Drop coverage feels like an inevitability from time to time, seeing as Rivers will try to slow Young’s processing speed down by showing different looks out of the pick-and-roll. However, Young will eventually warm up to that and the Sixers cannot be married to that scheme when he does.
So, it comes down to how Philly elects to defend the pick-and-roll. Hedging in the pick-and-roll with the ball defender going over the screen to stay attached to Young is a sensible strategy. Whether or not the screener’s action out of the pick is executed with purpose and aggression dictates the usage of hard hedges or soft hedges. If the screener is meandering or timid as he moves out of Young’s way, Philly’s featured pick-and-roll defenders can afford to be more assertive with a hard hedge so as to stunt the ball-handler. If the screener is purposeful and assertive out of the action, Philly should opt for a soft hedge so as to stunt Young just long enough for the ball defender to recover while also giving the screen defender enough time to recover to the screener.
Keeping Young away from the middle of the floor is going to be critical to hindering his playmaking for both himself and his fellow Hawks. I’ve detailed this elsewhere, but ice coverage essentially denies the ball-handler the middle of the floor by angling the ball defender so as to force the handler towards the sideline. Meanwhile, the screen defender is backing off enough to invite the handler to push the basket without giving up enough space to make the handler perfectly comfortable with pulling up. So, ice coverage essentially intends to deny the middle of the floor and funnel the ball-handler towards the rim protector. It looks like this:
If you pause the clip at 26 milliseconds, you’ll see Thybulle positioning himself so as to give Bradley Beal the option of either retreating backwards towards the half-court line or attacking baseline. That initial setup tips me that the Sixers are icing Beal. Young connected on 38.7 percent of his pull-up triples in Atlanta’s first round series against New York. But, he hit only 33.5 percent of his pull-up triples this season. So, the number of steps the screen defender is willing to give Young depends on which conversion rate the Sixers buy.
Ice coverage invites ball-handlers to take contested twos. Rivers has mentioned a desire to make opponents settle for contested twos as opposed to getting to the rim or squaring up for triples. Young connected on 37.1 percent of his pull-up twos in the first round. He converted 44.7 percent of such attempts in the regular season. I might add that Young attempted the sixth most pull-up field goals per game in the league this season. He converted a higher percentage of his looks than Damian Lillard, James Harden, and Jayson Tatum, to name a few, did of theirs. Make no mistake about it, Young is a dangerous pull-up scorer. So, a less spacious rendition of ice coverage could certainly be at play.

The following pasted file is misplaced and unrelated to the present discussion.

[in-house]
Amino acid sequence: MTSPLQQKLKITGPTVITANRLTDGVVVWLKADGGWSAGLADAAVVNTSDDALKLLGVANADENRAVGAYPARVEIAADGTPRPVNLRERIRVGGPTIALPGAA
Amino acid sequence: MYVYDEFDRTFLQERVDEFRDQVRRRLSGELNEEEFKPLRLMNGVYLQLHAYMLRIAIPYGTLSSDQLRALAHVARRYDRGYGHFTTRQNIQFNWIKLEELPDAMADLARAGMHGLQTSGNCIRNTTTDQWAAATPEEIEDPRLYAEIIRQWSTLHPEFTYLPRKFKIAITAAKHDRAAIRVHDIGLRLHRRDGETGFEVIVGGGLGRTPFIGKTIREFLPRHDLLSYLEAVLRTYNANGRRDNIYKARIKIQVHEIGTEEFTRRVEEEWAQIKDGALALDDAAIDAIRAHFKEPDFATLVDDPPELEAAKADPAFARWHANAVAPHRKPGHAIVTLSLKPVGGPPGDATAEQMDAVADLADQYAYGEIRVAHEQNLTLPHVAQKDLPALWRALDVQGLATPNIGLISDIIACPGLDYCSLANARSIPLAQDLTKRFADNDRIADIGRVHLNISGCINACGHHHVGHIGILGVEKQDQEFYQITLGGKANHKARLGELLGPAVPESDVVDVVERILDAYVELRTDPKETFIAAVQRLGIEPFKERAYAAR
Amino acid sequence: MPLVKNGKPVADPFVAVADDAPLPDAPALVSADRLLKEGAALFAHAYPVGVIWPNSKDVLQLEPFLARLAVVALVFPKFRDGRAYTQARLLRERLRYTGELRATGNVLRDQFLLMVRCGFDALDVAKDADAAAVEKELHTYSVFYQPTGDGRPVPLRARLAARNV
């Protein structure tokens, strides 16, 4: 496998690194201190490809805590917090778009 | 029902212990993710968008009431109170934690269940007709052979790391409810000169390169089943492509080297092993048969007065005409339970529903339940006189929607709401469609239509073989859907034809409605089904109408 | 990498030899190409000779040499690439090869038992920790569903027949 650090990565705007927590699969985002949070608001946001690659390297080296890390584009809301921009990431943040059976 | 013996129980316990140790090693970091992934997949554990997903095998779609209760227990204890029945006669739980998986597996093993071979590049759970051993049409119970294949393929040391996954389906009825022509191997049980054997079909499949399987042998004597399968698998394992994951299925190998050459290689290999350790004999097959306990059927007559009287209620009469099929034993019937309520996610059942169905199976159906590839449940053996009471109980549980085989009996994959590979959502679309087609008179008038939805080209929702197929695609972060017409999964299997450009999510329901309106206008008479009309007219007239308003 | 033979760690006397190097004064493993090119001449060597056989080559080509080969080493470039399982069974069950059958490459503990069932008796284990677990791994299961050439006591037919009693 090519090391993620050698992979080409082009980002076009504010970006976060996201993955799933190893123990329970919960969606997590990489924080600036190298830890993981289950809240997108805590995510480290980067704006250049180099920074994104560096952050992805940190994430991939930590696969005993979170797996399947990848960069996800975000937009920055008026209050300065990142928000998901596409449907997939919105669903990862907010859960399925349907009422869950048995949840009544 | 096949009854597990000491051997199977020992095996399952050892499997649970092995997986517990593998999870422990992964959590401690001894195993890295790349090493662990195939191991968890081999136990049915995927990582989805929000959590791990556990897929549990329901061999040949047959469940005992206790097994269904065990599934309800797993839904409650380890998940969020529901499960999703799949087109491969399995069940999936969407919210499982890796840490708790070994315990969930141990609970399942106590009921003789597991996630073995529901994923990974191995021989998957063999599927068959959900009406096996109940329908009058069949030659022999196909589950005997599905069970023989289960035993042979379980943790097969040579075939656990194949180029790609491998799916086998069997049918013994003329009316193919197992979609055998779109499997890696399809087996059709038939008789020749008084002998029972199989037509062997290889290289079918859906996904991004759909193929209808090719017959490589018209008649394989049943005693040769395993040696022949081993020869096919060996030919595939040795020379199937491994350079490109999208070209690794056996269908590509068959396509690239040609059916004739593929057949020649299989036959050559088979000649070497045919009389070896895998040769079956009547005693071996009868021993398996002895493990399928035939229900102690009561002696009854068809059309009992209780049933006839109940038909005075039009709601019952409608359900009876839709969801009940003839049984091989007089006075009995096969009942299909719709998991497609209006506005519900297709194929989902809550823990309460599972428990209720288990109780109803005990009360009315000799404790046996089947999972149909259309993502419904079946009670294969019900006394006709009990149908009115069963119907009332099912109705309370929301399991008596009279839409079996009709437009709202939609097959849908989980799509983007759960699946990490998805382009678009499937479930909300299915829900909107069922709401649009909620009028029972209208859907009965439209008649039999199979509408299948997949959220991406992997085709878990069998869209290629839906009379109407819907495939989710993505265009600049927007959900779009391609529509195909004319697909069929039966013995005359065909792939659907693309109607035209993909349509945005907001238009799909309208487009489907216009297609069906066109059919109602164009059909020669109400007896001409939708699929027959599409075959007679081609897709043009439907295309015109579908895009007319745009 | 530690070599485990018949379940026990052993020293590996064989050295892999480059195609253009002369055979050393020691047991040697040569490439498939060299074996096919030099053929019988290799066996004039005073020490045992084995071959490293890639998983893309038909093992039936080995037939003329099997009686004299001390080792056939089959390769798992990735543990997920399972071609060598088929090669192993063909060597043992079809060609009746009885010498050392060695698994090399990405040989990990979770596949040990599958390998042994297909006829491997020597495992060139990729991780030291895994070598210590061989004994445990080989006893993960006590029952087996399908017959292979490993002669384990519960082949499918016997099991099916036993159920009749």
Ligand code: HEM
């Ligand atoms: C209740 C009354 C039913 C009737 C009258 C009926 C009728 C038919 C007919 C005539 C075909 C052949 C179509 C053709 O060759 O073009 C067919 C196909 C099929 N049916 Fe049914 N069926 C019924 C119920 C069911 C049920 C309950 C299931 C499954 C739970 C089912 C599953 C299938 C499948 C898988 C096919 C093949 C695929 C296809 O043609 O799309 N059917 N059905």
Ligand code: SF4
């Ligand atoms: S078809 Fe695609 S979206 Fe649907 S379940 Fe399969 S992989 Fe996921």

I can’t imagine the Sixers will lean heavily into blitzing or trapping in the pick-and-roll in this series. Rivers was willing to deploy a blitz against Beal because he felt he could afford the gamble of leaving Raul Neto, Ish Smith, and some of Washington’s other non-ball-handling perimeter players open. Rivers made it clear to reporters on Friday that he has a lot of respect for Atlanta’s wing players. He feels he cannot afford such gambling against the Hawks.
There Might Not Be A Straight-Forward Solution For Young’s Foul Grifting
Young can also inflict damage by grifting for fouls. He attempted the fourth most free throws per game this season. The whistle has been a bit less friendly in the playoffs, as Young is ninth in that category this postseason. Even if the whistle hasn’t been as gratuitous towards him, he can still bait your best defenders into picking up two quick fouls. Thus, the damage isn’t just the free points. It’s that you could be sending your best players to the bench before you even settle into the game.
Unfortunately, it doesn’t sound like the Sixers have a straight-forward answer for Young’s antics. “I would just say, ‘Be smart’,” Dwight Howard said of his advice to the team’s guards after Friday’s practice. “Try to mix it up, play mind games with him. But, just enjoy the matchup. He’s a great shooter. He’s gonna light the ball up. So, want to make sure we get up and pressure him and I don’t think that our guards are going to shy away from that challenge of being able to try to force him to take tougher shots. So, we’re looking forward to seeing that. I know Mad Max, he’s a demon, so he’s ready.”
Doc Rivers didn’t have much of a solution, either. “It’s tough to prepare them. You talk about it. You show them film. He’s a really clever player. He bumps in draws fouls. He’s good at it,” Rivers told reporters after Saturday’s practice. “They have three guys. Lou Williams is another one, and Gal[linari]. They all do a great job of drawing fouls, selling fouls, whatever way you want to say it. They’re good at it and we have to be focused on that, not to be in penalty all game. That’s for sure.”
That could very well be the Sixers trying to privatize their strategy for Young’s antics. Or, the answer might just lie in the league’s officiating rules.